The Supersaturated Solution holds more dissolved substances compared to a saturated solution. For example, 40g NaCl is present in 100ml H2O. The additional 4.0g NaCl remains to be undissolved.

Way to achieve a Supersaturated Solution?

To achieve a Supersaturated Solution you need to add heat, but remember a small amount of heat will not make any difference. You need to add a large amount of heat, like for water you have to heat it to its boiling point. When the solution such as water is heated up to its boiling point there will be more space between the molecules as the molecules can move more freely. If the space between the molecules increases then there will be more space for the solute particles to get adjusted with the water molecules and a Supersaturated Solution will be formed.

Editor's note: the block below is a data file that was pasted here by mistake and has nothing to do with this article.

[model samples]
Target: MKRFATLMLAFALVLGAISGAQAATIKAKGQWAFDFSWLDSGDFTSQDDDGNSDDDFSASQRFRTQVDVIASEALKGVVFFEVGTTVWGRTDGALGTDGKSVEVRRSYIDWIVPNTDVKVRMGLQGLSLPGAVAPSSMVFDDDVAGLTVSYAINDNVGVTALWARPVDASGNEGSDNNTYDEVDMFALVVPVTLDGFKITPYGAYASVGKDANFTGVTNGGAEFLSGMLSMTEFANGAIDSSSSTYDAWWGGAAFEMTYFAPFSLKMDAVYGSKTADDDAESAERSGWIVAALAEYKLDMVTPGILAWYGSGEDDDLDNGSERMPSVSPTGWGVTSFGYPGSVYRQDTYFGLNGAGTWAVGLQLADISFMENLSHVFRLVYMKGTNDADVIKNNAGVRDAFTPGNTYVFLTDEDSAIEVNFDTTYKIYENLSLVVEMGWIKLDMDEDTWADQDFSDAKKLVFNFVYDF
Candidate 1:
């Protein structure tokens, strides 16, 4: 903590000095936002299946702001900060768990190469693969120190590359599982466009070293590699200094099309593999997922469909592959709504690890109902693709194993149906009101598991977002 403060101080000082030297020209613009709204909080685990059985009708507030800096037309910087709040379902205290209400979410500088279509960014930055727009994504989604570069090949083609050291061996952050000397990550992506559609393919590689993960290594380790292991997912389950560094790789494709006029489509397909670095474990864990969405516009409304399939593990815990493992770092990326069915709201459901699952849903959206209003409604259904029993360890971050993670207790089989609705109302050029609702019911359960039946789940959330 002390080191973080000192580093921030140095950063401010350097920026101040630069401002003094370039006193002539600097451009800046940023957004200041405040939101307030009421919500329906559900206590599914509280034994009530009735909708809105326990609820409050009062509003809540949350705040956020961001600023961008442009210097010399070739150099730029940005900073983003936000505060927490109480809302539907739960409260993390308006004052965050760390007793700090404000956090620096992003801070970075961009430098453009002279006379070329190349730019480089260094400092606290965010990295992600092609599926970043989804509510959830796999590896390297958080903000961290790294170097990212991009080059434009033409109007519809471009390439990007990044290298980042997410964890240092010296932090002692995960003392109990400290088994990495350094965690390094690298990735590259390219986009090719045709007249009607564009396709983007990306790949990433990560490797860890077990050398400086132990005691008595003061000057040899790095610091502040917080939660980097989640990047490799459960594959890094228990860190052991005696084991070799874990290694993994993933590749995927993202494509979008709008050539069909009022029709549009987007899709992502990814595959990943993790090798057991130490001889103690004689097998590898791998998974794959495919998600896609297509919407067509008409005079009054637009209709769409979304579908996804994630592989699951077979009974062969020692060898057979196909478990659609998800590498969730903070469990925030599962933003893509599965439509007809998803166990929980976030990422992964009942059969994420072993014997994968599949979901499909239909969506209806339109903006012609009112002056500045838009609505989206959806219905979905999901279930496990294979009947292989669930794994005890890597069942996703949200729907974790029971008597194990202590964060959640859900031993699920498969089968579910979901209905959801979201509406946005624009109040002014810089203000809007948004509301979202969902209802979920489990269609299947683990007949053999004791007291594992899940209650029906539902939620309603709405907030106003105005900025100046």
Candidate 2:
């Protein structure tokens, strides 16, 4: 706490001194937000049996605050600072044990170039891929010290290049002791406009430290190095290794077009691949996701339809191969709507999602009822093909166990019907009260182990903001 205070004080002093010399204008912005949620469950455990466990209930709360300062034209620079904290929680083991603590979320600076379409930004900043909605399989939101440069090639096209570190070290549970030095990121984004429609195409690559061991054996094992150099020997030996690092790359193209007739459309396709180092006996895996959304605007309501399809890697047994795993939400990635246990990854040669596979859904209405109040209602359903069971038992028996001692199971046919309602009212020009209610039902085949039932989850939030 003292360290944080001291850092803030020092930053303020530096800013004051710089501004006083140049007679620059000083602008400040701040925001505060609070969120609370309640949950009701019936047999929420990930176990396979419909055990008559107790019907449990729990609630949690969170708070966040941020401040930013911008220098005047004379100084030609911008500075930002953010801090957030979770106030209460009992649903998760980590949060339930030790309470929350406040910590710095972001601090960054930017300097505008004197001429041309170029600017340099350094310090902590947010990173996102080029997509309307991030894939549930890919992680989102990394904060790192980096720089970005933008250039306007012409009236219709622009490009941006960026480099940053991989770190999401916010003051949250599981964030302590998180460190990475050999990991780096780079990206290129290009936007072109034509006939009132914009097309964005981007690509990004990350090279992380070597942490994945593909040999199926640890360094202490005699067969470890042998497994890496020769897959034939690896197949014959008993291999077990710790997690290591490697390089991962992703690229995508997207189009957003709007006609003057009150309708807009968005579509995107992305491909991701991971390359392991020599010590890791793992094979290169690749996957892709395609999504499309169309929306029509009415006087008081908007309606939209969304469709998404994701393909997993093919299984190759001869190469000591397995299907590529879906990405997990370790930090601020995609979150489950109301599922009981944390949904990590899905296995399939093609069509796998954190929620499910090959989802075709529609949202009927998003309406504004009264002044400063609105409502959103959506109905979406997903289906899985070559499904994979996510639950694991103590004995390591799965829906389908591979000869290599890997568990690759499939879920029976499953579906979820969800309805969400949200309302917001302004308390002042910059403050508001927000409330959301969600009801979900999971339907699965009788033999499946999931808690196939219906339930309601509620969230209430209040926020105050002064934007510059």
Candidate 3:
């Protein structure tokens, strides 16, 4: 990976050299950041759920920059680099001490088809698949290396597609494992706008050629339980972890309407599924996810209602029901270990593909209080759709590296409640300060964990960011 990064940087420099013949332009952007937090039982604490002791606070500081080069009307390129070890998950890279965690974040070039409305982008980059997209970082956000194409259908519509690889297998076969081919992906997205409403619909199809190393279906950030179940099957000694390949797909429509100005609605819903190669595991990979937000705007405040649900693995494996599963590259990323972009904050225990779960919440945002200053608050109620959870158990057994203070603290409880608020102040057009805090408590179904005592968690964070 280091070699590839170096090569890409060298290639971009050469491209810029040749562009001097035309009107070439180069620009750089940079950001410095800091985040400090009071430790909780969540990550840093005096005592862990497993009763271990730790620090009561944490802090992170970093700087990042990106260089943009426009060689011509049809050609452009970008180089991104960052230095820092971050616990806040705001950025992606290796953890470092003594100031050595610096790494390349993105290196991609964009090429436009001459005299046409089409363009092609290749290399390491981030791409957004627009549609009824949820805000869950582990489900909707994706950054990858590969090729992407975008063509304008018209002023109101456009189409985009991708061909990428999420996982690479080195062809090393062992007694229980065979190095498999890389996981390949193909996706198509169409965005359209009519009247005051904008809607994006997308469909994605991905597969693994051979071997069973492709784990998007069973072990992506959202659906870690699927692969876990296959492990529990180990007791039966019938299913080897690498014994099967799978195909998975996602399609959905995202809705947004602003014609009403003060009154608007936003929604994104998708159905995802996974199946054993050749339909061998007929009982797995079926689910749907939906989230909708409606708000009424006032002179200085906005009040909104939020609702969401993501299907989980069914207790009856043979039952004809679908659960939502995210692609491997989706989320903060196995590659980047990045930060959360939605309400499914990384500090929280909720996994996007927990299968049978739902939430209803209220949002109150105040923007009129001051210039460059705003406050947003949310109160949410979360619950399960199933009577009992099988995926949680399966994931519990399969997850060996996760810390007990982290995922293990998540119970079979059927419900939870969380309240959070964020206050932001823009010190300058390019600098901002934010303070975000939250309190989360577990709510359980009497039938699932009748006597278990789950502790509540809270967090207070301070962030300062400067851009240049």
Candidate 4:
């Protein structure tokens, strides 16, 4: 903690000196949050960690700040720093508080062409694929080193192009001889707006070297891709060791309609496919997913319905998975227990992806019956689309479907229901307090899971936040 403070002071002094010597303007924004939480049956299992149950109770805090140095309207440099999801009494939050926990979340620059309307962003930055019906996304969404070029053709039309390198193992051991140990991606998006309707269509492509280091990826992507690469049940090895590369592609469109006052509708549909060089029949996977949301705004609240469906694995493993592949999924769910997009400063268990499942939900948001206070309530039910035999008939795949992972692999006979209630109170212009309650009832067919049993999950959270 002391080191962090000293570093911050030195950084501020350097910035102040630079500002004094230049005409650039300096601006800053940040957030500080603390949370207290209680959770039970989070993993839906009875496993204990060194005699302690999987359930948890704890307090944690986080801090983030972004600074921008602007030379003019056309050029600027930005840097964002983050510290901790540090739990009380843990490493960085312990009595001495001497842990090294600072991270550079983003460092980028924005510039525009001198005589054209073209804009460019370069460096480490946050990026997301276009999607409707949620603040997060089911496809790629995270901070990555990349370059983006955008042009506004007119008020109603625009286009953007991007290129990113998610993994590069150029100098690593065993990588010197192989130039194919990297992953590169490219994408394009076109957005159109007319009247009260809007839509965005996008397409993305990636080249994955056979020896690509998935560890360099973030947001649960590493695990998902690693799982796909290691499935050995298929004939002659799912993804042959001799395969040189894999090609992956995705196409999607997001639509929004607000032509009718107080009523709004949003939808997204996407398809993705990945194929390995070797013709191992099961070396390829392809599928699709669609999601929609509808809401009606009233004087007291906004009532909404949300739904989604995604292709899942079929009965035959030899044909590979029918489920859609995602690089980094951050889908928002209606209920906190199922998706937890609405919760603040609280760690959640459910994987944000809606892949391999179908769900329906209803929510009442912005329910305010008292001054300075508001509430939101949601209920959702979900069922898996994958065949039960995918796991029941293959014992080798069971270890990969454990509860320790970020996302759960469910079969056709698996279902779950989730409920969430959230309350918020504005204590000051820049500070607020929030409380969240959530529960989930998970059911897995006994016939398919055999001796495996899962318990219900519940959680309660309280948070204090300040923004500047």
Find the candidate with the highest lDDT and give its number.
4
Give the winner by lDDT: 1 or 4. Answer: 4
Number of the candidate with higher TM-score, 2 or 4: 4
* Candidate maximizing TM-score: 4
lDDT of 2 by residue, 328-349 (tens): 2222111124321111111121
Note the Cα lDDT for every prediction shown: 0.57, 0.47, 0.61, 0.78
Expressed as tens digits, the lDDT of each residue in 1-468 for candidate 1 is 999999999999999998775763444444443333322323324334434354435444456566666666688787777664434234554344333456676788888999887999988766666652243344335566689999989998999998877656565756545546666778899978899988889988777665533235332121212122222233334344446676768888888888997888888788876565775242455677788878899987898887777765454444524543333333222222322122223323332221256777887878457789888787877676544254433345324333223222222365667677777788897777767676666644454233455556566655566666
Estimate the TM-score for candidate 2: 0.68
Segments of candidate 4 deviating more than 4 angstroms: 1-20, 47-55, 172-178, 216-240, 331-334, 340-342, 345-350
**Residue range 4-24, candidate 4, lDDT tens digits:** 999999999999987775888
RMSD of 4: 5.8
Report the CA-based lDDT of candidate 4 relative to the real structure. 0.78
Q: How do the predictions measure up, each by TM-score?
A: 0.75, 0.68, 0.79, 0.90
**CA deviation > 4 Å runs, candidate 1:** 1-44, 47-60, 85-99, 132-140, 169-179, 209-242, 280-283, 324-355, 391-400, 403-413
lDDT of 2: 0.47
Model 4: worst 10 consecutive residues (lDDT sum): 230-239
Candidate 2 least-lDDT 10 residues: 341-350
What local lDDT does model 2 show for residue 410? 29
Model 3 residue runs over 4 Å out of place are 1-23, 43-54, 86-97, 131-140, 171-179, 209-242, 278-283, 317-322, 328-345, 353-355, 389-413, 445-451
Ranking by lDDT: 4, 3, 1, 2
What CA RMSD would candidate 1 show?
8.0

Solved Examples

  1. Give the Mass Percent of Sodium Hydroxide Present in a Solution, Made by Dissolving 8.00g NaOH in 50.0g H2O?

Solution

It is given that 8.00g NaOH


50.0gms H2O


Solving for mass


= 8.00g NaOH/8.00gms NaOH + 50.0g H2O


= 13.8% NaOH solution.

  1. Will a Solution Prepared by Adding 2.5g of CuSO4 to 10gms of H2O be Saturated for the Unsaturated Solution at 20oC?

Solution

First, we need to know the CuSO4 solution at 20oC. From the above-given figure, we can see that the CuSO4 solubility at 20oC is about 21gms per 100g of H2O. This particular amount is equivalent to 2.1gms of CuSO4 per 10gms of H2O. Since 2.5gms per 10gms of H2O is greater than the 2.1gms per 10gms of H2O, the solution will become saturated, and 0.4gms of CuSO4 will be maintained.